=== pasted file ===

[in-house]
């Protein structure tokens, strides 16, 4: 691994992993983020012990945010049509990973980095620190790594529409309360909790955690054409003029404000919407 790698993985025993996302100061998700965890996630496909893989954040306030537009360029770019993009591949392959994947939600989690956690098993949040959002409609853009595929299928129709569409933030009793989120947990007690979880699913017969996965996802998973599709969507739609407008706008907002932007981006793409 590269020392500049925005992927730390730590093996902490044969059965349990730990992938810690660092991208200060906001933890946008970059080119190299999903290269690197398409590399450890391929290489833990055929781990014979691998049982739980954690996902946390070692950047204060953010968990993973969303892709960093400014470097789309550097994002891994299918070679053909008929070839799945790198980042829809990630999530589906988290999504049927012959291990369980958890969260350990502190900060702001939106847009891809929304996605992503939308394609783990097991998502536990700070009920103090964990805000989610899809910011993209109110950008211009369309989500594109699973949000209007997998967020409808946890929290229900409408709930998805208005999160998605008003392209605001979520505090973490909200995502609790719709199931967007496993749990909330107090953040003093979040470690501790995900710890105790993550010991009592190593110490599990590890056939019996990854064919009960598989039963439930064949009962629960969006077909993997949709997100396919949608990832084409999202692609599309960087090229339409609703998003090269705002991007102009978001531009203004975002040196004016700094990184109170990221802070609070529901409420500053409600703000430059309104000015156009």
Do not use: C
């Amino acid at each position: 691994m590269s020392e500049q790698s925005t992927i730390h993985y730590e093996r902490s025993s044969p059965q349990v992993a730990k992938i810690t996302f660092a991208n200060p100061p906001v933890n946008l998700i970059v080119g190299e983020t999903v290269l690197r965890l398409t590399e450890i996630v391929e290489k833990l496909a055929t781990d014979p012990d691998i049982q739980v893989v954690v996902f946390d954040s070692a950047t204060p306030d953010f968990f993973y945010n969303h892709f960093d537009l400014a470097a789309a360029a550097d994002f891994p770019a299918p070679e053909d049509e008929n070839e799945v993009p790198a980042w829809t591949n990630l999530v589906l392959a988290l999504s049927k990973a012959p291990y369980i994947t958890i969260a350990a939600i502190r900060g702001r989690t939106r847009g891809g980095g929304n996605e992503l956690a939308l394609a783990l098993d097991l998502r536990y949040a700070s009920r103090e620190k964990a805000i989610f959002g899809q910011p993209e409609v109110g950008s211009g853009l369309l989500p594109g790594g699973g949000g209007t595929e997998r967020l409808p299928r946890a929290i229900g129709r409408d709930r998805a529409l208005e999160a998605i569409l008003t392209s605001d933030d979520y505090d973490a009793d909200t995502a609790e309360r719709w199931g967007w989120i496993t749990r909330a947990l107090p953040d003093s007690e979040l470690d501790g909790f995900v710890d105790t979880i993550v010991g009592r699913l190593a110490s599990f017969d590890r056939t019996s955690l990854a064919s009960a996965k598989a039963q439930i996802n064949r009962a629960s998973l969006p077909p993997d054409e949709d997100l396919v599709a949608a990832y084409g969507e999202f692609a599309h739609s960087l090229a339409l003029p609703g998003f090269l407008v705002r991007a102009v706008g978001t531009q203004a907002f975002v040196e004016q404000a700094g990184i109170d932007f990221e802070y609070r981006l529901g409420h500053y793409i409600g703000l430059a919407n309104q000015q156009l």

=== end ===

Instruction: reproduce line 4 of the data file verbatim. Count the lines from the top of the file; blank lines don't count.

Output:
């Amino acid at each position: 691994m590269s020392e500049q790698s925005t992927i730390h993985y730590e093996r902490s025993s044969p059965q349990v992993a730990k992938i810690t996302f660092a991208n200060p100061p906001v933890n946008l998700i970059v080119g190299e983020t999903v290269l690197r965890l398409t590399e450890i996630v391929e290489k833990l496909a055929t781990d014979p012990d691998i049982q739980v893989v954690v996902f946390d954040s070692a950047t204060p306030d953010f968990f993973y945010n969303h892709f960093d537009l400014a470097a789309a360029a550097d994002f891994p770019a299918p070679e053909d049509e008929n070839e799945v993009p790198a980042w829809t591949n990630l999530v589906l392959a988290l999504s049927k990973a012959p291990y369980i994947t958890i969260a350990a939600i502190r900060g702001r989690t939106r847009g891809g980095g929304n996605e992503l956690a939308l394609a783990l098993d097991l998502r536990y949040a700070s009920r103090e620190k964990a805000i989610f959002g899809q910011p993209e409609v109110g950008s211009g853009l369309l989500p594109g790594g699973g949000g209007t595929e997998r967020l409808p299928r946890a929290i229900g129709r409408d709930r998805a529409l208005e999160a998605i569409l008003t392209s605001d933030d979520y505090d973490a009793d909200t995502a609790e309360r719709w199931g967007w989120i496993t749990r909330a947990l107090p953040d003093s007690e979040l470690d501790g909790f995900v710890d105790t979880i993550v010991g009592r699913l190593a110490s599990f017969d590890r056939t019996s955690l990854a064919s009960a996965k598989a039963q439930i996802n064949r009962a629960s998973l969006p077909p993997d054409e949709d997100l396919v599709a949608a990832y084409g969507e999202f692609a599309h739609s960087l090229a339409l003029p609703g998003f090269l407008v705002r991007a102009v706008g978001t531009q203004a907002f975002v040196e004016q404000a700094g990184i109170d932007f990221e802070y609070r981006l529901g409420h500053y793409i409600g703000l430059a919407n309104q000015q156009l």